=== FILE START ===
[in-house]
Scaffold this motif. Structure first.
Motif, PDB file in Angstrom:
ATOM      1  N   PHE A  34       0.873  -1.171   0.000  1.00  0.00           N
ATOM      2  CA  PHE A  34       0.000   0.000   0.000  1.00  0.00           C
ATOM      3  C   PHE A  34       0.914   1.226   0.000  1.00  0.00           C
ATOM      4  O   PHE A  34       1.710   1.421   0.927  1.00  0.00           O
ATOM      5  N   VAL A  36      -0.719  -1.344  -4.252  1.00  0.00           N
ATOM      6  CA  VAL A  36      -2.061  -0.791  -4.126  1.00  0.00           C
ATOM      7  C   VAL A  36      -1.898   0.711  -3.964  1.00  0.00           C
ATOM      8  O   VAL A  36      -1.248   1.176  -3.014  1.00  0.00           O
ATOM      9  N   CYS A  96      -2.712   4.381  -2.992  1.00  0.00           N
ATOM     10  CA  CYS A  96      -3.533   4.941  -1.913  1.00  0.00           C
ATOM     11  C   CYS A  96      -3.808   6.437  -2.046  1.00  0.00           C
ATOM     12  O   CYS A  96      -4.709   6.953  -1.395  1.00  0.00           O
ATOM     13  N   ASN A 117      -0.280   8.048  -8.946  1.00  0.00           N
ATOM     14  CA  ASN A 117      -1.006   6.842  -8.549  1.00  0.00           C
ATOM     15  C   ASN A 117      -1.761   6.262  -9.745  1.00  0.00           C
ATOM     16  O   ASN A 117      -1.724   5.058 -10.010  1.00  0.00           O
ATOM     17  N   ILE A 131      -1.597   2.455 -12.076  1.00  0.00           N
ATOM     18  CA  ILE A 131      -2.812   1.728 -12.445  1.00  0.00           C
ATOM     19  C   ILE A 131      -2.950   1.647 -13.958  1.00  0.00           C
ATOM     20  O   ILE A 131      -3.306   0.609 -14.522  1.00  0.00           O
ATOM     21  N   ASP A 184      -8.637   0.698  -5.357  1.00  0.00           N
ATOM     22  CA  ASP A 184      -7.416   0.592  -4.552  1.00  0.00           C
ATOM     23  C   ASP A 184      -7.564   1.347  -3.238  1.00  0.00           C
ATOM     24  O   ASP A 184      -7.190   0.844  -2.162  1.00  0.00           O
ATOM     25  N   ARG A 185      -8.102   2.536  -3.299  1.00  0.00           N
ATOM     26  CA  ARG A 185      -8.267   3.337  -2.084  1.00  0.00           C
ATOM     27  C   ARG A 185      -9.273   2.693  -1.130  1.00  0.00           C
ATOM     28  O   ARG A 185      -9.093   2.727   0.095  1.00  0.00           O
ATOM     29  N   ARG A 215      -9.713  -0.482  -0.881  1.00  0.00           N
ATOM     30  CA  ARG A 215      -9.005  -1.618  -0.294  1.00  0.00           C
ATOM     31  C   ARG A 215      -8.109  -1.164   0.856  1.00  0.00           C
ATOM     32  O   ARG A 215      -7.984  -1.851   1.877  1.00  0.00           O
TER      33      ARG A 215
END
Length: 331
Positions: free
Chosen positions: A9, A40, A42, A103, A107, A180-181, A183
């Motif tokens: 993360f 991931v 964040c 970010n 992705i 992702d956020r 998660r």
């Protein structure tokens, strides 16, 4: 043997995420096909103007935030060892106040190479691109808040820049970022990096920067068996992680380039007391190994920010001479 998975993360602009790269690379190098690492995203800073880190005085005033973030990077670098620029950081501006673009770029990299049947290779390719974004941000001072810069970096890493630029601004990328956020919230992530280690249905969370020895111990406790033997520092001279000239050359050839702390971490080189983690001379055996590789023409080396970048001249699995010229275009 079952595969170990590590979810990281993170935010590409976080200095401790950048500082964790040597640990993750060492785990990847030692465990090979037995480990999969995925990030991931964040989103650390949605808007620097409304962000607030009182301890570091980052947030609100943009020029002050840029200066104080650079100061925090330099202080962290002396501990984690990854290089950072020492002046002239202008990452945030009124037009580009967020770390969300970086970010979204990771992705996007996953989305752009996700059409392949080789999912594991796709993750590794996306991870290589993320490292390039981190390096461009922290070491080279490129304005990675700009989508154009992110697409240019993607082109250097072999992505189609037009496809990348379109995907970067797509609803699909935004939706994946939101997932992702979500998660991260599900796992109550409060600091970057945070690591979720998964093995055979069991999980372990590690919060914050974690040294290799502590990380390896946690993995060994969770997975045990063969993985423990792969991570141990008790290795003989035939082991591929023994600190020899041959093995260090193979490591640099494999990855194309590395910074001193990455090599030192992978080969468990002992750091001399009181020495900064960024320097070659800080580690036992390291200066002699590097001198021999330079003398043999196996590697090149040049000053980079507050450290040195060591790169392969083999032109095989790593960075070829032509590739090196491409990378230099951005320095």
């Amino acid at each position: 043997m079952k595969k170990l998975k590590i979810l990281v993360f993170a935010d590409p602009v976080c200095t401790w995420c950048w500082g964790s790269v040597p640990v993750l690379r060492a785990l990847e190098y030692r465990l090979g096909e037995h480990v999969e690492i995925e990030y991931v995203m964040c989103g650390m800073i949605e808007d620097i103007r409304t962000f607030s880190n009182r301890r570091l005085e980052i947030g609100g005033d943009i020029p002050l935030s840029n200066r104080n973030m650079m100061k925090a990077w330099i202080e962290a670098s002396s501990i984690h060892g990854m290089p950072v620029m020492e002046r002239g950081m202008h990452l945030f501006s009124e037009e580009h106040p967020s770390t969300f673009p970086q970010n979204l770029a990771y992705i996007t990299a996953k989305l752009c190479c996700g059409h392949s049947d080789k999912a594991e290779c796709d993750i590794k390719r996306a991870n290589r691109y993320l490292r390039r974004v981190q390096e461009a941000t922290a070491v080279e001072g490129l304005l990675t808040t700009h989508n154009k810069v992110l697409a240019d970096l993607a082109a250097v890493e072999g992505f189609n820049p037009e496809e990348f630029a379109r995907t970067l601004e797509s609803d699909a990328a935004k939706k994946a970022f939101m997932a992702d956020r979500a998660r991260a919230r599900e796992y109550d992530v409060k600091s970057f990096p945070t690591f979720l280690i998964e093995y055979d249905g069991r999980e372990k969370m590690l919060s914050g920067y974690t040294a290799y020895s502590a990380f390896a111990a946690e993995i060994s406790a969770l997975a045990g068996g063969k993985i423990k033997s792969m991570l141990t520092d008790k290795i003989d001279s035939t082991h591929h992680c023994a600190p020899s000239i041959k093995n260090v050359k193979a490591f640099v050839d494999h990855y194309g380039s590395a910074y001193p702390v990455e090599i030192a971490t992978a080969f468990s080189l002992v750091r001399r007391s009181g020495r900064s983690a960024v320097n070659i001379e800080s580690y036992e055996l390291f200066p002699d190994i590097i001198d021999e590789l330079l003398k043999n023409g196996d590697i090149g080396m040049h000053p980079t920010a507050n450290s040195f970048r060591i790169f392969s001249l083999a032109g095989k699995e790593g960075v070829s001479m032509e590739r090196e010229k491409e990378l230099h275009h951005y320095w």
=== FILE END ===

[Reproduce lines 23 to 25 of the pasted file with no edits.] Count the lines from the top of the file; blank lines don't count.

ATOM     20  O   ILE A 131      -3.306   0.609 -14.522  1.00  0.00           O
ATOM     21  N   ASP A 184      -8.637   0.698  -5.357  1.00  0.00           N
ATOM     22  CA  ASP A 184      -7.416   0.592  -4.552  1.00  0.00           C